Parents divided over £1 levy to save teaching job
Cash-strapped village school needs donations or a baby boom to balance its ailing budget
Saturday 01 April 1995
Parents yesterday faced up to the prospect of paying £1 a week to prevent the loss of a teacher at their children's school.
Outside the gates of Welford and Sulby Endowed School, a 114 pupil primary school in rural Northamptonshire, there was some anger but also support for the school's governors.
Jenny Raisbury, whose six-year-old son Ben attends the school, said she had promised to pay the money if the majority of parents agreed. "I don't object if it will keep the school going as it is. But I don't think we will get full support from all the parents. It also raises the problem that if it's £1 this year, what will be it next year?"
Kim Furnell, who has two daughters at the school, said the request was an indictment of national education policies. "I object very strongly in principle to being asked to contribute to what is supposed to be a free education service", she said. "But when your child's welfare is at stake, principles come second."
As reported in yesterday's Independent, the school's governors have given parents a week to decide whether to contribute to a voluntary levy in order to raise £4,500. They have also decided to do without £2,000 worth of supply-teaching cover and have asked the Parents' Association to raise a further £1,500. Many schools have been forced to make tough decisions this year after the Government decided not to fund the teachers' 2.7 per cent pay rise.
Inside Welford and Sulby yesterday, the chairman of governors, the Rev Richard Cattle, was dealing with a stream of media inquiries. The governors have not sought publicity - it was a parent who approached the press - but they hope it may bring financial relief.
Rev Cattle, who is also vicar of St Mary's Church across the road, explained their dilemma. Eighty-five per cent of the school's total budget goes on staff costs, most of it on paying one part-time and five full-time teachers. There are also two part-time classroom assistants, one administrative assistant, three lunchtime supervisors and two cleaners. The remaining £20,450 must cover everything from toilet rolls to grass- cutting. The £1,500 set aside for maintenance will not last long if there is a spate of vandalism.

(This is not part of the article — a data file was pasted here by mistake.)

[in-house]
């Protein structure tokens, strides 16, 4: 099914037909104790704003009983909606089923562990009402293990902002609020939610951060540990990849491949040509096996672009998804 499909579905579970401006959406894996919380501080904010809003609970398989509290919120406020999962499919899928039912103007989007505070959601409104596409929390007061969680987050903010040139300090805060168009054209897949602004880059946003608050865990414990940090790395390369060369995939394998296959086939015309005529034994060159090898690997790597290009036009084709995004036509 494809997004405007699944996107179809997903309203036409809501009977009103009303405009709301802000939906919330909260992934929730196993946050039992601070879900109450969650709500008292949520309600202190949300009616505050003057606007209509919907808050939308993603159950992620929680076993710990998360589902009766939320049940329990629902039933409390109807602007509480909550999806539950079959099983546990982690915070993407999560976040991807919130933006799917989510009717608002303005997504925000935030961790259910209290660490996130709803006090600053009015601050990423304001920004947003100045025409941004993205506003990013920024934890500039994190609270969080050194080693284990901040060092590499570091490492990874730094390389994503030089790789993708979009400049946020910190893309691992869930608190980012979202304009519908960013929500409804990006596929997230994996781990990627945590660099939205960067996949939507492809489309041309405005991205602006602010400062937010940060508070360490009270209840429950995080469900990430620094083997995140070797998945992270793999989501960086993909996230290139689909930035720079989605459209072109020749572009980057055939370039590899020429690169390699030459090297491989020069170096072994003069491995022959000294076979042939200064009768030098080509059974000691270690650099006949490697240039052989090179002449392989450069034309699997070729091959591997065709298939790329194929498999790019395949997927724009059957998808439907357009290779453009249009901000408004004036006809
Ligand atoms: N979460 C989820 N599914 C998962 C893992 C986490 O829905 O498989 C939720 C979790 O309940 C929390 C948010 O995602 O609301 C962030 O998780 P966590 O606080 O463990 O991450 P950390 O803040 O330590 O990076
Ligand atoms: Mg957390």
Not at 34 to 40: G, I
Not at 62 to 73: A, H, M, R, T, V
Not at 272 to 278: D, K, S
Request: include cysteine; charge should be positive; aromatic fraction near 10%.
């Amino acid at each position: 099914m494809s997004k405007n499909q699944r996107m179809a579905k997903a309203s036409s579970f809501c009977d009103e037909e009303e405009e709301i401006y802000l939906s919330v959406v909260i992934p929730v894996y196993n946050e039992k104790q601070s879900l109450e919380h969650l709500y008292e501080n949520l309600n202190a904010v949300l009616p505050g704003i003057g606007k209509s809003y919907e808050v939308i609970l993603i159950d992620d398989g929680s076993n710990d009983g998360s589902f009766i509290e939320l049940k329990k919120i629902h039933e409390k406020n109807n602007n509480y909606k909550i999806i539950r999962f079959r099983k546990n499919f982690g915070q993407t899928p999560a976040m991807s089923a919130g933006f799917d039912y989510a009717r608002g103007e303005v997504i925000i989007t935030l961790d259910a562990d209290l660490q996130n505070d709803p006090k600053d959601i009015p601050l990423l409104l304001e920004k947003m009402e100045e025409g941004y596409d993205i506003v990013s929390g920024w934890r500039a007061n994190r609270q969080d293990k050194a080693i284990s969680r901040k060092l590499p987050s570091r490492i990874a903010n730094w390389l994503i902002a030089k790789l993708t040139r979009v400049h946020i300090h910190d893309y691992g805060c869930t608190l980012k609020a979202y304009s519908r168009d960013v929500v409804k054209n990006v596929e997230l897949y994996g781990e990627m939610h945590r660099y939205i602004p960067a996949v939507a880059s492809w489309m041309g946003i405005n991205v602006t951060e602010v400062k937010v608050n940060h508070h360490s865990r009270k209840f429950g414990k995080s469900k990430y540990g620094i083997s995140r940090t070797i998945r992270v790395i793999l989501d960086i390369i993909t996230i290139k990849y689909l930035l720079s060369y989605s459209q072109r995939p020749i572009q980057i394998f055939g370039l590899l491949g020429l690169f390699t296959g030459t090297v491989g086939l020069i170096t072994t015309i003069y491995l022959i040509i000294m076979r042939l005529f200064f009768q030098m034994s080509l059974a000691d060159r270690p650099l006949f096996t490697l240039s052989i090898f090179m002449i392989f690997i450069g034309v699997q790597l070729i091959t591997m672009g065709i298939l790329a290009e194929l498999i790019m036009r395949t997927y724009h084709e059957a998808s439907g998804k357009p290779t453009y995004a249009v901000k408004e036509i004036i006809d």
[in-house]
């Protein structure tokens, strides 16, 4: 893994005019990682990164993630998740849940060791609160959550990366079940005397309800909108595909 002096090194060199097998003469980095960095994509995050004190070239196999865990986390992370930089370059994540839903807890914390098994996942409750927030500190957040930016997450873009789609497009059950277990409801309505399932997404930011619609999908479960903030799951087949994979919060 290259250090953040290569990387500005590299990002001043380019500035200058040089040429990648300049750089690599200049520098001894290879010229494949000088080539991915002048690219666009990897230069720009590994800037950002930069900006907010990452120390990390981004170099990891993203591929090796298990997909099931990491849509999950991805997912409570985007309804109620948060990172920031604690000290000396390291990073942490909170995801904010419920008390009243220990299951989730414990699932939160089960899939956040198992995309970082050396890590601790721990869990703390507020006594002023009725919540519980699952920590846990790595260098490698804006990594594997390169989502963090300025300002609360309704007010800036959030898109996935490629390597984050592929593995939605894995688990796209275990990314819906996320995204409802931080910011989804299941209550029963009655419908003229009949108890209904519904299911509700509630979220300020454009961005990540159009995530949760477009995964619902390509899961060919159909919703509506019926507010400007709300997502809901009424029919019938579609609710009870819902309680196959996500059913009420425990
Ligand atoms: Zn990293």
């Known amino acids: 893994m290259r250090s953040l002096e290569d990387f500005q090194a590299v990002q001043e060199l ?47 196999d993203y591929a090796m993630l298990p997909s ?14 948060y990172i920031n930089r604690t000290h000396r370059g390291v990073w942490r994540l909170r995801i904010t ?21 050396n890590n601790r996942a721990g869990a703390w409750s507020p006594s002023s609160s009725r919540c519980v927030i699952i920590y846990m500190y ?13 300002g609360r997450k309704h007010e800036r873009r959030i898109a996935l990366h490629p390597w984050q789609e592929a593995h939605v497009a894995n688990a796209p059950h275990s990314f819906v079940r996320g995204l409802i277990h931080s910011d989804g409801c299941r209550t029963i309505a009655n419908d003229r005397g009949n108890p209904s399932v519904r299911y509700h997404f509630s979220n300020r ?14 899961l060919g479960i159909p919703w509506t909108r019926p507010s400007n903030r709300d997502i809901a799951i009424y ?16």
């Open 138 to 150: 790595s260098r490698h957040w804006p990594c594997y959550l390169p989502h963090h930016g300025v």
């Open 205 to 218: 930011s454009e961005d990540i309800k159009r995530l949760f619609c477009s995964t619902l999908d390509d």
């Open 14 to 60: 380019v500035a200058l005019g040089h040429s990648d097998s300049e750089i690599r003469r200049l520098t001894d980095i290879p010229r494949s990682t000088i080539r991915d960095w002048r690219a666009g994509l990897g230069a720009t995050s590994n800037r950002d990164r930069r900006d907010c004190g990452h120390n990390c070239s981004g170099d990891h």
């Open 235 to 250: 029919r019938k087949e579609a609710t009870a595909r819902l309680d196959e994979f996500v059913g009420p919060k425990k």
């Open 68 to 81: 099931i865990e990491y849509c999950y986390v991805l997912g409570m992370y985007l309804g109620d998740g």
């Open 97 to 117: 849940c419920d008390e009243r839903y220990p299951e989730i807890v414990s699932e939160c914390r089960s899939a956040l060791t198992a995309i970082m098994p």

Each enrolment to the school eases its plight and Mr Cattle is in a good position to keep an eye on the birth rate in the village. If 10 new pupils came through the door the problem would be solved, he said. Two years ago the school role was relatively high and £20,000 was saved by the end of the year. Last year, this figure was reduced to £8,000 and this year there will be a shortfall of more than £7,000.
Opposite the school is the home of Lord Boardman, former chief secretary to the Treasury under Ted Heath, who has lived in the village for 40 years. He believes the blame for the crisis cannot be attributed to the Government. He suggested that Labour local authorities were using school budgets to make a political point.
"The Conservative opposition on the local council put forward a budget which would have given increased expenditure to education. As far as I can see, the cuts aren't made where they will do the minimum damage, but where they are politically most sensitive", he said.
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